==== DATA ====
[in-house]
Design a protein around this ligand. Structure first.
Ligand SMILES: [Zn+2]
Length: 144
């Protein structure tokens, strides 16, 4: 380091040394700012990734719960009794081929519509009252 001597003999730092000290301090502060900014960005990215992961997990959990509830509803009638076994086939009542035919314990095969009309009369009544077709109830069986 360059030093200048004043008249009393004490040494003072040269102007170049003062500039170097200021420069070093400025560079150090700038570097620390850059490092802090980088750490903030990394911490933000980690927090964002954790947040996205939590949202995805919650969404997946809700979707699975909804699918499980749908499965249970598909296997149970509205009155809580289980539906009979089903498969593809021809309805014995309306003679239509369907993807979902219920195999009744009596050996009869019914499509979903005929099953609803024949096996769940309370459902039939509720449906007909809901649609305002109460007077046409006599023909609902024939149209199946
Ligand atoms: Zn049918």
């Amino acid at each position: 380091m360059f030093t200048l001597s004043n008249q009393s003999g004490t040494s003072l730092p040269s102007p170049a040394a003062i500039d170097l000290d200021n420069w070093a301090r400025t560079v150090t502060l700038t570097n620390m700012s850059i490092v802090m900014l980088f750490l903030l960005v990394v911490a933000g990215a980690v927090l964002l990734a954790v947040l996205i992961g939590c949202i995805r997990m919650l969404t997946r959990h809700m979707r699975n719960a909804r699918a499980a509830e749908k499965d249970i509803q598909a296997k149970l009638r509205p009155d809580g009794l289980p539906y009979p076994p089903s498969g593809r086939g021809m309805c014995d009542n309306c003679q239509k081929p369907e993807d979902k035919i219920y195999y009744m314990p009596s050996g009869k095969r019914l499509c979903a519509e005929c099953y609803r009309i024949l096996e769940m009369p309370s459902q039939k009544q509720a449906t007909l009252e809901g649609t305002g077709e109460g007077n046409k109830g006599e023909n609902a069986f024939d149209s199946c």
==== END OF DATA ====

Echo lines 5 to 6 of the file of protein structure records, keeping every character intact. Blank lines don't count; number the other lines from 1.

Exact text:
């Protein structure tokens, strides 16, 4: 380091040394700012990734719960009794081929519509009252 001597003999730092000290301090502060900014960005990215992961997990959990509830509803009638076994086939009542035919314990095969009309009369009544077709109830069986 360059030093200048004043008249009393004490040494003072040269102007170049003062500039170097200021420069070093400025560079150090700038570097620390850059490092802090980088750490903030990394911490933000980690927090964002954790947040996205939590949202995805919650969404997946809700979707699975909804699918499980749908499965249970598909296997149970509205009155809580289980539906009979089903498969593809021809309805014995309306003679239509369907993807979902219920195999009744009596050996009869019914499509979903005929099953609803024949096996769940309370459902039939509720449906007909809901649609305002109460007077046409006599023909609902024939149209199946
Ligand atoms: Zn049918």